For those of you who may have missed this tweet yesterday, nearly the entire staff of a Penn State area Chipotle (CMG) resigned in an ill-advised display of workplace activism by locking out their colleagues and posting this poorly proofread signcomplaining about "borderline sweatshop conditions" and accusing Chipotle of being a--Gasp!--profit seeking enterprise. One wonders if this was part of the SEIU's "Fight for Fifteen" pressure campaign that has caused national headlines (and not much else) over the last few weeks.
In it, they include the hashtag #chipotleswag as part of their plea to get this trending. I suppose it worked. For its part, Occupy Wall Street NYC retweeted the image with the quote "they can only push us sooooo far"--that may be true Occupiers, but, there are more of you than jobs, so the tyranny of numbers reigns supreme.
"Market forces aren’t on the workers’ side... More than 11 million Americans remain unemployed and many others without jobs have stopped looking for work. So the pool of people qualified to do low-skill jobs is a lot bigger than the number of workers needed, which makes it a buyers’ market."
In other words: these are low-skill jobs, and a wage hike to 15$/hr for the lowest employee compensation level would put the entire restaurant's menu over 9$ an item, as this infographic shows. I say low-skill because Chipotle Corporate controls everything for their locations. There are no franchisee's doing their own calculations. Take a look through their most recent 10-K here: The managers (on location) are in charge of staffing, but inventory and cost tracking and accounting are left to the corporate systems. This is for a number of reasons, most important of which is quality control (thank you, Oracle,) and the sad reality is that these workers are being paid the incremental marginal value of their entire industry; that is, the lowest wage price any member of the low-skill service sector is willing to accept for that job. Everyone would love to be paid 100$/Hr to do anything, but for whatever reason, there exist multitudes of people who are ready, willing, and able to do that same job for under 10$, hell, they may even be willing to do it for less than $7.
Chipotle's "pursuit of profit" is because their price to earnings is currently sitting at 58. Any perceived tangible slowdown in growth, profits, or earnings would tank the stock and crunch their corporate liquidity, which given Chipotle's role as disruptor to the fast-food industry (hence the high P/E), would affect a hell of a lot more people than any wage increase would benefit. Labor is a market and like all free markets it operates on the principle of a voluntary exchange of goods and services, in this case my labor for your dollars. To pay any more than the market value for a service with no quantifiable benefit or even intangible benefit, is charity which although morally commendable, is not the prerogative of a for-profit enterprise. That doesn't mean that for-profit companies shouldn't be charitable it just means that they bear no obligation to do so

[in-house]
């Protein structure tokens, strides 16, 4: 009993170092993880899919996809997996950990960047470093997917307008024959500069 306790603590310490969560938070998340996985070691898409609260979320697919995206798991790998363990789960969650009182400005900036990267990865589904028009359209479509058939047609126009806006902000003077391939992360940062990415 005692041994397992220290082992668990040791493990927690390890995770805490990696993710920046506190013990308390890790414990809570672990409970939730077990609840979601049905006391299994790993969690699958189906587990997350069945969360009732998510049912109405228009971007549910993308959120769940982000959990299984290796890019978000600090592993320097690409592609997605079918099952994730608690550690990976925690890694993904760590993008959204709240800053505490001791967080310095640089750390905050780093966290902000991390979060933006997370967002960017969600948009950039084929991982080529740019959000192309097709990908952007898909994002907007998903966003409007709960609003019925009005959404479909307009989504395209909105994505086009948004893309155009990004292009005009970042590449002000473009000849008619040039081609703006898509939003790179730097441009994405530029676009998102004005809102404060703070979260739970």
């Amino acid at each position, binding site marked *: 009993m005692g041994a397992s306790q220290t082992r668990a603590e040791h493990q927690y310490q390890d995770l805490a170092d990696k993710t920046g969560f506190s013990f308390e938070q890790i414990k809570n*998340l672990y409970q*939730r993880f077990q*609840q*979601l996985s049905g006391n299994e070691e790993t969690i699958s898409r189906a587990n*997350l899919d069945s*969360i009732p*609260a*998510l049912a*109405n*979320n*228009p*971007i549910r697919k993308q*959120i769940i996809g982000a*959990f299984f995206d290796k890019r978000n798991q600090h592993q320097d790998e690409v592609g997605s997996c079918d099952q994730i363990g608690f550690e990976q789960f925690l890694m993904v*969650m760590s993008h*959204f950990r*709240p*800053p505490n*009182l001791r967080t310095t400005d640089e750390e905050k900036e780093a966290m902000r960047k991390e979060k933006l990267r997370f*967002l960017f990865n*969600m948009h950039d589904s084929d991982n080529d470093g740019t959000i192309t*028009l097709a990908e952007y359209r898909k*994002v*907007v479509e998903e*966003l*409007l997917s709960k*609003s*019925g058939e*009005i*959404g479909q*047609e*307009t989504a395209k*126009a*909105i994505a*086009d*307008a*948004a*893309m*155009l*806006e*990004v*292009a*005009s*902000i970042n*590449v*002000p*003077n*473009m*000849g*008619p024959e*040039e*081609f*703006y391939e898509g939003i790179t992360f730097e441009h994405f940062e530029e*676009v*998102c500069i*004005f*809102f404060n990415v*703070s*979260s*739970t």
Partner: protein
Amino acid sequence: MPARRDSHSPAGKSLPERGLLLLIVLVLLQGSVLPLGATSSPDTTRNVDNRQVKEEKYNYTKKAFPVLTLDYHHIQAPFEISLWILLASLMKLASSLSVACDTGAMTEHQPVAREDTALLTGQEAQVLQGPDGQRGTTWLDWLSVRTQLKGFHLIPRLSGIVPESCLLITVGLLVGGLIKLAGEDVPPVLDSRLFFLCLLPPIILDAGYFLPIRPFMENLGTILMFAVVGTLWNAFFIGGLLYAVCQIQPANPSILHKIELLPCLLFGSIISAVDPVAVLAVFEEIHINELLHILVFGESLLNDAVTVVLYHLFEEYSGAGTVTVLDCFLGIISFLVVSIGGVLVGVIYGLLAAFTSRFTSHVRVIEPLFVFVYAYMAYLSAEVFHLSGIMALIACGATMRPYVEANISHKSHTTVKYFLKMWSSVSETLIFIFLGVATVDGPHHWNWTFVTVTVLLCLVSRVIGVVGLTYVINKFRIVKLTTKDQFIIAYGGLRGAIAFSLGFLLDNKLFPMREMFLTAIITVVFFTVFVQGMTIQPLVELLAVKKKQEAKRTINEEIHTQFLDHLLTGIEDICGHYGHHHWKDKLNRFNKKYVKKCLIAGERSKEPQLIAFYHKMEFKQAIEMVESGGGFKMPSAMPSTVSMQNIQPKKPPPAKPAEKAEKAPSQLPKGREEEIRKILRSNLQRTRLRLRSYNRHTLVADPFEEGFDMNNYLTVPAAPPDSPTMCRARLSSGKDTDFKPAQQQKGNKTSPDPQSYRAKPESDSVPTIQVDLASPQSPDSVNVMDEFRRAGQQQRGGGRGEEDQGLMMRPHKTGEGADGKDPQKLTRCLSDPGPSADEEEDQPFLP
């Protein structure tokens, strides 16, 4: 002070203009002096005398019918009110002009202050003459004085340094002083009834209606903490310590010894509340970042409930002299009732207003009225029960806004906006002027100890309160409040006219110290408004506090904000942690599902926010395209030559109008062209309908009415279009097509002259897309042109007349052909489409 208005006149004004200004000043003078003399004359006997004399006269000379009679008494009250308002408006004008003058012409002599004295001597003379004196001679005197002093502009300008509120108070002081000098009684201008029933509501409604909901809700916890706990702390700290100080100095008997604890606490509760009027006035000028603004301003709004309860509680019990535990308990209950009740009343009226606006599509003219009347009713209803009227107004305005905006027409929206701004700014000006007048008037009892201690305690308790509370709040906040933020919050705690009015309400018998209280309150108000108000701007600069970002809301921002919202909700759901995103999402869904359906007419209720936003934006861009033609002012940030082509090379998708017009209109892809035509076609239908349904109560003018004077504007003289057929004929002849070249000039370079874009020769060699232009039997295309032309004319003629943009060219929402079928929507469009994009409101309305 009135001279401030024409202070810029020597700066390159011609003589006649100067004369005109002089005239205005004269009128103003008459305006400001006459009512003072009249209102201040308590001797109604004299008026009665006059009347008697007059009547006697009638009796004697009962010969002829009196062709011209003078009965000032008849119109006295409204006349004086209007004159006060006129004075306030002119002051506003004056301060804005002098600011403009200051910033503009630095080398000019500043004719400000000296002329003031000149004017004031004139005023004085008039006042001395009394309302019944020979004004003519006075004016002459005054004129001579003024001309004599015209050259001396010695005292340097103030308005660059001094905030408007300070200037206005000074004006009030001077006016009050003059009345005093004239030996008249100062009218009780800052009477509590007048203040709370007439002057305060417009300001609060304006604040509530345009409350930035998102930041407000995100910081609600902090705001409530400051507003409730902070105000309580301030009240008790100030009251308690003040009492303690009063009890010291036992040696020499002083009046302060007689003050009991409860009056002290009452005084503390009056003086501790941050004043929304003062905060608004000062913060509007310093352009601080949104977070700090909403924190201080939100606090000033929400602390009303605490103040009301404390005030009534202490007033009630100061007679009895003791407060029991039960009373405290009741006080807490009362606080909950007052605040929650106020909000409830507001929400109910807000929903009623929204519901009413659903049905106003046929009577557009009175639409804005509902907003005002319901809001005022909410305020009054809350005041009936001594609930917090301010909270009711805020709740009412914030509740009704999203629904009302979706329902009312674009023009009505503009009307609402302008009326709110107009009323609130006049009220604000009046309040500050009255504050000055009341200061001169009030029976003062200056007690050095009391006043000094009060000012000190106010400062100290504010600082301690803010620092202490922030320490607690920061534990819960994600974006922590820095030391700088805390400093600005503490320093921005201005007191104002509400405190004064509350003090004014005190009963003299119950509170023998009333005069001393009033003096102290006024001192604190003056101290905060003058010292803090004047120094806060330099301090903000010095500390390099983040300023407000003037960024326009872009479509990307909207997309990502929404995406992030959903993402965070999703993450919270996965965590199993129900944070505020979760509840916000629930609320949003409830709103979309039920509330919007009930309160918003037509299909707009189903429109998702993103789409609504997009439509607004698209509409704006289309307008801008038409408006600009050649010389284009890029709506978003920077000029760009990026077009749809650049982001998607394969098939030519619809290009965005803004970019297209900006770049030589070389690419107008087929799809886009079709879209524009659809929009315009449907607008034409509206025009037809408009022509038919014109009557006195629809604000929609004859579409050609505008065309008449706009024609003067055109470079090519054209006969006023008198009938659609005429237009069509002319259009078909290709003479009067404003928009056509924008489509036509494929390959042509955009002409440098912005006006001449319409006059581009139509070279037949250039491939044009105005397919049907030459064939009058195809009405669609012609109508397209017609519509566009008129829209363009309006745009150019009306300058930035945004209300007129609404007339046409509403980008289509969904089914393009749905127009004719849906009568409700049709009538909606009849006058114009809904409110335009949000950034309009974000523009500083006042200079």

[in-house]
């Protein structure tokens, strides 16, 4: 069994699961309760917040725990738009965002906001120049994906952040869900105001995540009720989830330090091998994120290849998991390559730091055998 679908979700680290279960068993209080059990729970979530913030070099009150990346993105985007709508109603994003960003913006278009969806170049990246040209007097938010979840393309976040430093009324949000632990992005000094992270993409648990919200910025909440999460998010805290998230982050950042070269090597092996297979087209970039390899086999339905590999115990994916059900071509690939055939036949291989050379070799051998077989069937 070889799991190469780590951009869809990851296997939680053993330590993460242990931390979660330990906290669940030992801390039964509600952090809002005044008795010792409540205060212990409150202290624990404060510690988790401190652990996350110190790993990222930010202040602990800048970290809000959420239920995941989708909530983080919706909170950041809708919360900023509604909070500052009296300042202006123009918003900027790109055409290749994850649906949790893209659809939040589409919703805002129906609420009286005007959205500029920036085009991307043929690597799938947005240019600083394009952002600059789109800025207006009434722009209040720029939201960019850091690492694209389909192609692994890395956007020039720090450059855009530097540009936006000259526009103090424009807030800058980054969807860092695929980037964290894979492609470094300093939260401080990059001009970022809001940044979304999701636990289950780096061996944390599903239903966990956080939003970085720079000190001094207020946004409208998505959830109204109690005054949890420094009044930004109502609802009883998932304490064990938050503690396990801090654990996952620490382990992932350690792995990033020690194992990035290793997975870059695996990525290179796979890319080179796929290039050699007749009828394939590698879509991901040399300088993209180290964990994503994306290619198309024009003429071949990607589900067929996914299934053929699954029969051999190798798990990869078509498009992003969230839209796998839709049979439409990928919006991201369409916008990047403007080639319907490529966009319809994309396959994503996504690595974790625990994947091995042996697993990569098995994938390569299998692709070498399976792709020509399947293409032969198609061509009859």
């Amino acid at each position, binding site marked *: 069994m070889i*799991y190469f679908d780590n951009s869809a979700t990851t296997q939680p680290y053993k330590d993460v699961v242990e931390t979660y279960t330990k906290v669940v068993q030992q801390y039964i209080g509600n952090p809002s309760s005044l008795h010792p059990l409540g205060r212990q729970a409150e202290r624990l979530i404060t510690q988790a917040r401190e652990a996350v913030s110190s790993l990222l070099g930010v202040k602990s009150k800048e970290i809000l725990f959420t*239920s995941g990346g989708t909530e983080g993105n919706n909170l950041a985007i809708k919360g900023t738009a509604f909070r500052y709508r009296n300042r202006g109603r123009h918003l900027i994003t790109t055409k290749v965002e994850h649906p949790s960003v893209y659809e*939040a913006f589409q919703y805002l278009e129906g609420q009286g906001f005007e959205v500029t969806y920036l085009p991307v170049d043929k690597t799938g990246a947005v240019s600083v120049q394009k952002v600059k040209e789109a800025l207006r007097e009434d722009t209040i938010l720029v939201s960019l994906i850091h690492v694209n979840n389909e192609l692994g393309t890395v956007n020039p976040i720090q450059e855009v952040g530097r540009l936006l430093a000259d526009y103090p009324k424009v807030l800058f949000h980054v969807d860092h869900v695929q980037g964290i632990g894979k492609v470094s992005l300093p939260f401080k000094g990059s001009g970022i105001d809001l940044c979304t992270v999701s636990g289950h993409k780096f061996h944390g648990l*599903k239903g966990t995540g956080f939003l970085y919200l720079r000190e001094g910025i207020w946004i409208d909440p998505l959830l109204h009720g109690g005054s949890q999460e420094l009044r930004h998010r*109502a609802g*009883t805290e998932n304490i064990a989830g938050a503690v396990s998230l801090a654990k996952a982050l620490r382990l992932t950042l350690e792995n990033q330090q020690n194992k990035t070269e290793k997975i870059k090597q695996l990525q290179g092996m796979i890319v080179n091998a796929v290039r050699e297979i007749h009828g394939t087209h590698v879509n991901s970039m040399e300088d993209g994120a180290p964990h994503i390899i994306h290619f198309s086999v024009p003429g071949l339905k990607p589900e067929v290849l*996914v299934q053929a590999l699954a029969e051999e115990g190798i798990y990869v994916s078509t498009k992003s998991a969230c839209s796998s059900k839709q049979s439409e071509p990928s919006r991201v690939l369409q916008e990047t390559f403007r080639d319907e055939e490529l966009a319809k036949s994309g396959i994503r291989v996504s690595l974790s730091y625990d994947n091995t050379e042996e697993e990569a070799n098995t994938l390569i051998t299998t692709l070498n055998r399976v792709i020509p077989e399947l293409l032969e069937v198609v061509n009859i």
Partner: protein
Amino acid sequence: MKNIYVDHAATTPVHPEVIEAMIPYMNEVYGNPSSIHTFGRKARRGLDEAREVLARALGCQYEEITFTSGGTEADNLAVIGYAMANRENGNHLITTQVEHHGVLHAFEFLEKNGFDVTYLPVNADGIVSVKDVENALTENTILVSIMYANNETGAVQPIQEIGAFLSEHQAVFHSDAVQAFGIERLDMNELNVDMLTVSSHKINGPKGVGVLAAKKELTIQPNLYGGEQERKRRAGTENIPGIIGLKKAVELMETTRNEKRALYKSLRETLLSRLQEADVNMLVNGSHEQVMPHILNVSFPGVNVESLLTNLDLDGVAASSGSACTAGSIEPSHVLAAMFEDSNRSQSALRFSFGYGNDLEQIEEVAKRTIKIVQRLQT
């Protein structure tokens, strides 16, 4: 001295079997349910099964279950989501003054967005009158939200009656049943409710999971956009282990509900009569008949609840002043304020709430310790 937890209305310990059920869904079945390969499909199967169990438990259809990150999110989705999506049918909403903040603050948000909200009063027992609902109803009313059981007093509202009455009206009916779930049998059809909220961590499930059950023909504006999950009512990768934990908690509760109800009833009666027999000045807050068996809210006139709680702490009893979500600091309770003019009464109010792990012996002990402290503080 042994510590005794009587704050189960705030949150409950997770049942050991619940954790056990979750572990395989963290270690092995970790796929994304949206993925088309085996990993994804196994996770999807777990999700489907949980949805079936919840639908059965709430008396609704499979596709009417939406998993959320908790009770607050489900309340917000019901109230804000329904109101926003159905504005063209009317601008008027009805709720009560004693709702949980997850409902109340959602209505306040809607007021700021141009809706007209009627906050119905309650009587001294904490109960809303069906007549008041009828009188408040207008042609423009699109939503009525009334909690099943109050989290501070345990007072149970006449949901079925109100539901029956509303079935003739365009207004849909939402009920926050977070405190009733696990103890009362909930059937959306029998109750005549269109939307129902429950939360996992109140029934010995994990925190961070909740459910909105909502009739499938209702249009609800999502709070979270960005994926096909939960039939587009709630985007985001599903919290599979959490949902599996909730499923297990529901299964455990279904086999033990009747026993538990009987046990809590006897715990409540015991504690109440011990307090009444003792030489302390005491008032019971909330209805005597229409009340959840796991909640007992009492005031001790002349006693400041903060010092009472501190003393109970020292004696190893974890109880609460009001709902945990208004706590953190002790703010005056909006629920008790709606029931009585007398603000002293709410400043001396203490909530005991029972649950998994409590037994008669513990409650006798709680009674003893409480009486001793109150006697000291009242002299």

Let's game this out:
Say Chipotle acquiesced and raised wages, holding all other variables constant;
The cost of labor will have increased by some degree, therefore, the producer's total expense increased by that proportional degree. In order to record the same revenue, prices must be raised, or one of the inputs (usually number of workers) need to be cut.
Increased Consumer Costs! Layoffs!
And I can't imagine that even the staunchest "living wage" advocate wants to wait an hour and a half for a 2 person-staffed Chipotle to charge them $11 for their sofritas burrito.
Whatever the reason for their walkout, it's clear this is an issue that has seemed to permeate the national discourse. And so I leave with this final message to those Chipotle employees who were pawns in another man's game:
You've forfeit your livelihood, and what will you have to show for it? There is no long term benefit to raising wages arbitrarily. Even then, you would have been better advised to demand additional compensation in equity, over more dollars. Education, however, is indeed an intangible that could bring its own long term benefits far beyond anything a minimum wage hike would bring.
Maybe it would have been better to demand a corporate human capital investment strategy a la Starbucks education program via Arizona State, rather than accusing your already generous employer (who pays 25% above the national average as a base wage) of forcing you to work in "borderline sweatshop conditions" and that a higher wage would make it better, because I'm not buying it, and you shouldn't have, either.